HR Malaysia

Candidate Rejection Letter

Posted on: March 27, 2008

Candidate Rejection Letters Make Business Sense

How you treat candidates for your jobs really matters. Sending a candidate rejection letter to the applicants who were not selected for the job is an extra, but positive step, your company can take to build good will with candidates and establish yourself as an employer of choice. Your reputation, that is built one candidate at a time, is critical to your ongoing ability to attract the best and most skilled talent to your firm. Candidates make decisions about your company based on their treatment and officially notifying them about your employment decisions is a point in your favor.

Start With a Follow-up Phone Call

I believe that a phone call to the candidate is the first step after you have decided that he or she is not the most qualified for your open position. During the call, you thank them for their application and interview time. State clearly that you have determined that you have other candidates who are more qualified for the position.

Then, follow-up your call with the official letter providing the same information. This contact should occur as soon as you know the candidate is not the person you want to hire. Don’t leave your candidates wondering for weeks on end if they are not the person who will be selected for the job.

Tips for the Candidate Rejection Letter

1. Also known as a “thanks, but no thanks letter,” the candidate rejection letter tells the candidate that he or she was not selected for the position. The reason stated is generally that you have determined that other candidates were more qualified for the job.

2. If you believe that the candidate would qualify for other roles in your company, and that he or she appeared to also fit your culture, you can also encourage the person to apply again in the future. Always end on a positive note wishing the person success. make sure you thank your candidate for the time they invested in the application and interview process.

3. Personalize the letter with the candidate’s name, the position, possibly a remark about the interview time. You don’t want your candidate to feel as if he or she received a form rejection letter – even if it basically – is.

4. Get straight to the point in your rejection letter. But, especially if you have called, the candidate really already knows what to expect in the letter.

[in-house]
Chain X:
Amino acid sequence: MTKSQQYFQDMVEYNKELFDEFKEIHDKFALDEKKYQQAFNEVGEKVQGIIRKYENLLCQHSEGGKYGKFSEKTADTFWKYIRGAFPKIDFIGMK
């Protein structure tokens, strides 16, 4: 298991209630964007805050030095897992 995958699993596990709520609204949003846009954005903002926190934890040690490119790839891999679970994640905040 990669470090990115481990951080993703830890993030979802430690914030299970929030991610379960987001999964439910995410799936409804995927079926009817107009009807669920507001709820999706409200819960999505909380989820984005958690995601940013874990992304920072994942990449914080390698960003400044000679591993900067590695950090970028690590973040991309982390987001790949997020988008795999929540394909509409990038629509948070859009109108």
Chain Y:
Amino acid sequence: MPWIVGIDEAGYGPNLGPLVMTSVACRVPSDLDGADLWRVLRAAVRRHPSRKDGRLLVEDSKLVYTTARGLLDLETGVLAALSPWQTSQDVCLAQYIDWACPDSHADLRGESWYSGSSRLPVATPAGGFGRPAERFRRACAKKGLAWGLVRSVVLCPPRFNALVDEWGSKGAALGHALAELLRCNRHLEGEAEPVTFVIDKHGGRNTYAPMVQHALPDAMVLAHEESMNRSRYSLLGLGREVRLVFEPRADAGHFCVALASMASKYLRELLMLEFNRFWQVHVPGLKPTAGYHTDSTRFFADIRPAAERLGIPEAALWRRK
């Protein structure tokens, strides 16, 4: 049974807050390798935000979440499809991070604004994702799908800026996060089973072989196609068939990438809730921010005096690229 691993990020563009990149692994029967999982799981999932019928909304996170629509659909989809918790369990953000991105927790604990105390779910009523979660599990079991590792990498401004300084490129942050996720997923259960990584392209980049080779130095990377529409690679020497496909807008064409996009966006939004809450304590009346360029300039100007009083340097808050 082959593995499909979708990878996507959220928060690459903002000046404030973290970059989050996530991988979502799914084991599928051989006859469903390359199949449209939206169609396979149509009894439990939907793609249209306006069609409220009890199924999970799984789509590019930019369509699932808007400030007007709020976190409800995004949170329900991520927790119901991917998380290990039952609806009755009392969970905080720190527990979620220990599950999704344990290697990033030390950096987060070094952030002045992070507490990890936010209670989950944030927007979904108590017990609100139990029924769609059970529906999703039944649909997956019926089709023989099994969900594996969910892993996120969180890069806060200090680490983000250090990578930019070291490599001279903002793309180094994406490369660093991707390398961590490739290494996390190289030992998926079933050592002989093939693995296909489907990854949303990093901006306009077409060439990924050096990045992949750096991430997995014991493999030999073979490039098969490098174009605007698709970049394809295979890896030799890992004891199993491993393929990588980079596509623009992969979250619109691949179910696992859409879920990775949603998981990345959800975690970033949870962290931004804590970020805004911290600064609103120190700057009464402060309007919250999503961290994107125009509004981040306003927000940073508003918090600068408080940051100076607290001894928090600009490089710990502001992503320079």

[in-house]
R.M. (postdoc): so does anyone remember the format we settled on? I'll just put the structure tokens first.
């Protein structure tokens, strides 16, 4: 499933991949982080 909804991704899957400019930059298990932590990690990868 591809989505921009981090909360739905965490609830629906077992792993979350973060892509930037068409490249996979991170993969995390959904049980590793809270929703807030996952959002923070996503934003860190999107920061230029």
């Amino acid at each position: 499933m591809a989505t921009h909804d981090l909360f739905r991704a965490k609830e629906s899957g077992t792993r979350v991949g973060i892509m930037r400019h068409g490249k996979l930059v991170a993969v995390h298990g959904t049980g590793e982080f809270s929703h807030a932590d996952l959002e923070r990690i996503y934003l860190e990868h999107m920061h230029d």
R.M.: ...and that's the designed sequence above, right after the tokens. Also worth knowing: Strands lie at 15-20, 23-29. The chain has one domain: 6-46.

5. Make your letter business-like, but gracious. After all, you are puncturing a person’s hopes and dreams. Do so with respect and consideration.

6. Never say anything in the candidate rejection letter that you don’t mean. For example, don’t suggest that the candidate apply for openings in the future if you know the candidate will not fit successfully in your organization.

7. Remember, the candidate rejection letter is your last opportunity to build a relationship with the candidate that will cause him or her to think favorably of your company. Your reputation as an employer is affected by this candidate and the people affected by this candidate’s opinions and treatment at your hands. Don’t ever believe this is unimportant for your reputation as a potential employer.

Here is a Sample Candidate Rejection Letter


Name of Applicant

Applicant’s Address

Dear (Applicant Name):

As you know, we interviewed a number of candidates for the (Name of Job) position, and we have determined that another candidate is the most qualified for the requirements of our opening. So, the purpose of this letter is to let you know that you have not been selected for the position and that we have offered the position to another candidate.

Thank you so much for taking the time to come to (Company Name) to meet our interview team. We enjoyed meeting you and our discussions.

Please feel free to apply for open positions, for which you qualify, in our company in the future.

We wish you every personal and professional success with your job search and in the future. Thank you for your interest in our organization.


Real Person’s Name and Signature

Example: HR Director for the Employee Selection Team


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